Director: Terence Fisher
By Roderick Heath
Perhaps the darkest, surely the most genuinely uncanny and poetically realised of all Hammer horror films, The Gorgon sees most of the classic elements and seasoned artists of the studio’s canonical repertoire—director Terence Fisher, screenwriter John Gilling, composer James Bernard, and stars Peter Cushing, Christopher Lee, and Barbara Shelley—working at fullest pitch. The titular figure out of Greek mythology was a fine counterpoint to the great masculine figure of entrapping, corrosive, sexual threat, Dracula, which Fisher had already memorably handled; in taking on a female icon of irresistibly destructive force, Fisher was able to conjure his most metaphorically acute and sadly circular fable.
The Gorgon is structured as mystery revolving around the deserted, ruined Castle Borski somewhere in Germany in the early 20th century. The castle is the perfect heart of darkness that both repels and attracts the protagonists as they act out an oedipal fantasy of fathers and sons fighting to reach the forbidden female at the centre of the myth who will consume them. In realising a story with the force and simplicity of a folktale, it’s appropriate that The Gorgon is Fisher’s most deceptively placid, oneiric film, opening with a shot of the remote castle and a moon-gilded forest landscape that seem to have been slipped out of a Grimm yarn.
The initial situation evokes a classic quandary, in which young Bohemian artist Bruno Heitz (Jeremy Longhurst) is told by his model Sascha Cass (Toni Gilpin) that she’s pregnant by him. He angrily stalks out to tell her father that “I won’t evade my responsibilities,” as she pursues him, afraid her father might become violent. But on the forest path, she spies something that causes her to utter a final scream of soul-wrenching fear.
The township of Vandorf, where this occurs, is afflicted with unexplained killings, but the authorities, represented by reactionary Police Inspector Kanof (Patrick Troughton), a malleable coroner (Joseph O’Conor), and particularly the formidable, dictatorial hospital chief Dr. Namaroff (Cushing), are eager to pass Sascha’s death off as Bruno’s work—a job made easier when he’s found in the woods where he’s hung himself in grief. Bruno’s father, Jules Heitz (Michael Goodliffe), a professor at Leipzig University, attends the inquest and upsets the apple cart by abusing the officials and promising to solve the mystery himself. What he doesn’t know immediately, but which Namaroff and his favourite nurse Carla Hoffman (Shelley) are well aware of, is that the bodies of the victims are found turned to stone. Heitz begins to suspect the truth, even reaching so far as to suggest that the legend of Castle Borski, that it’s inhabited by the spirit of Megara, the last of the three Gorgons, might be true.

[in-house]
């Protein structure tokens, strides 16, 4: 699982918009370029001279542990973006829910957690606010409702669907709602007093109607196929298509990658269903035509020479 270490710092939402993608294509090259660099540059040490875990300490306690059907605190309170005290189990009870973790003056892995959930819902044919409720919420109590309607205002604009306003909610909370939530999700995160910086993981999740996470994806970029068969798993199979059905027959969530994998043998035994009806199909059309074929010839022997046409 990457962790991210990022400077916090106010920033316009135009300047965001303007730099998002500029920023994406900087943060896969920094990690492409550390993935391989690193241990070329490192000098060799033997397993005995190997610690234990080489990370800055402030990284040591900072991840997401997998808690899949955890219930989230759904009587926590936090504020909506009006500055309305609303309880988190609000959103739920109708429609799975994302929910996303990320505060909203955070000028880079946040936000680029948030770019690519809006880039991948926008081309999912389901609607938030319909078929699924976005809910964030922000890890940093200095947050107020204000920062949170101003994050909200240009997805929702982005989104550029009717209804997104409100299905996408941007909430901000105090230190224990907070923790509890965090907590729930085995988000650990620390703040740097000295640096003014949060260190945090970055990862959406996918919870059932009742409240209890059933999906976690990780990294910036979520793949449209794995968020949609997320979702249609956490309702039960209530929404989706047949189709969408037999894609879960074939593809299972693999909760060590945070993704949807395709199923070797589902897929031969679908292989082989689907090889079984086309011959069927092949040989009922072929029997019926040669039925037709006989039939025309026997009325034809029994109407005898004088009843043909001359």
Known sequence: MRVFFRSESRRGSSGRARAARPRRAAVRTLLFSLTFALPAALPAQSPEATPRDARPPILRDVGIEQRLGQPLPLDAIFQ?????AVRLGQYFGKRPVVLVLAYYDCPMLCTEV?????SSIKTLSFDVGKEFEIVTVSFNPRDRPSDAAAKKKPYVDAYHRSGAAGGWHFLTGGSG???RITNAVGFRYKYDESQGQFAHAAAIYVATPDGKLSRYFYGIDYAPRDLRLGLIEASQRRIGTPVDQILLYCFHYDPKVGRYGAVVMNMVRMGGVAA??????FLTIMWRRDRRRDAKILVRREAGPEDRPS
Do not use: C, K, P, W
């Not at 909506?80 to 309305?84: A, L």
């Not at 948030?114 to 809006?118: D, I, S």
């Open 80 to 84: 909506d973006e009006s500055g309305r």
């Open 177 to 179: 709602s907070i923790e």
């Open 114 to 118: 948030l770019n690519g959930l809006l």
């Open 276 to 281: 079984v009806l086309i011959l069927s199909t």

One night, when researching this myth, he’s drawn by a siren song to the castle ruins, where he spots the spectral fiend and runs away screaming, doomed to petrify even as he writes an explaining letter to his last remaining son. That son, Paul (Richard Pasco), comes to Vandorf after taking leave of his own gruffly paternal teacher, Karl Meister (Lee), and encounters the ambiguous, amnesiac, terrorised Carla, who is being used by Namaroff to get close to him with a hope of turning up any useful information on Megara. Paul barely survives an encounter with Megara when she appears at the house during a storm, glimpsed in grotesque snatches mirrored in a pond. Paul recovers in the hospital under Carla’s care, deepening their growing affection, and Meister arrives in Vandorf to aid his student. This leads to Namaroff’s increasingly forceful efforts, backed up by Kanof’s proto-totalitarian regime, to fend off these intrusive know-it-alls and maintain his hegemony over Carla, whom Meister concludes might be the human vessel of Megara, a fact Nemeroff already suspects but won’t yet face.